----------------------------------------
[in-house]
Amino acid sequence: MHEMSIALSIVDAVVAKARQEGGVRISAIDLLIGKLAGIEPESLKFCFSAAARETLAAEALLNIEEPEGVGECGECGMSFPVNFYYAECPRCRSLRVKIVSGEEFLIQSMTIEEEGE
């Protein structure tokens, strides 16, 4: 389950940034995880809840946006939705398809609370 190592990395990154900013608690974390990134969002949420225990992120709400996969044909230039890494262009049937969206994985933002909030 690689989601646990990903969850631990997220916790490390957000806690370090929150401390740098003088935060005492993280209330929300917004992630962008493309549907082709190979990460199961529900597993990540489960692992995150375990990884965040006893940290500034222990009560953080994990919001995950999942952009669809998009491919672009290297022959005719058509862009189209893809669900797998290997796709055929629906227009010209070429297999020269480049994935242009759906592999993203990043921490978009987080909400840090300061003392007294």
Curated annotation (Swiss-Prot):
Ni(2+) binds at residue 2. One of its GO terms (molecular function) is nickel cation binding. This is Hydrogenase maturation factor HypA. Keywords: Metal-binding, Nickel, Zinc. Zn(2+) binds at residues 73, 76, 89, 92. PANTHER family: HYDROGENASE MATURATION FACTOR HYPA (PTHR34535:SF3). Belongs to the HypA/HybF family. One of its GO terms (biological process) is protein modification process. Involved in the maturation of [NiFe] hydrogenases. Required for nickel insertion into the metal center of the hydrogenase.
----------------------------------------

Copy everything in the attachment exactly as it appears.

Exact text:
[in-house]
Amino acid sequence: MHEMSIALSIVDAVVAKARQEGGVRISAIDLLIGKLAGIEPESLKFCFSAAARETLAAEALLNIEEPEGVGECGECGMSFPVNFYYAECPRCRSLRVKIVSGEEFLIQSMTIEEEGE
């Protein structure tokens, strides 16, 4: 389950940034995880809840946006939705398809609370 190592990395990154900013608690974390990134969002949420225990992120709400996969044909230039890494262009049937969206994985933002909030 690689989601646990990903969850631990997220916790490390957000806690370090929150401390740098003088935060005492993280209330929300917004992630962008493309549907082709190979990460199961529900597993990540489960692992995150375990990884965040006893940290500034222990009560953080994990919001995950999942952009669809998009491919672009290297022959005719058509862009189209893809669900797998290997796709055929629906227009010209070429297999020269480049994935242009759906592999993203990043921490978009987080909400840090300061003392007294």
Curated annotation (Swiss-Prot):
Ni(2+) binds at residue 2. One of its GO terms (molecular function) is nickel cation binding. This is Hydrogenase maturation factor HypA. Keywords: Metal-binding, Nickel, Zinc. Zn(2+) binds at residues 73, 76, 89, 92. PANTHER family: HYDROGENASE MATURATION FACTOR HYPA (PTHR34535:SF3). Belongs to the HypA/HybF family. One of its GO terms (biological process) is protein modification process. Involved in the maturation of [NiFe] hydrogenases. Required for nickel insertion into the metal center of the hydrogenase.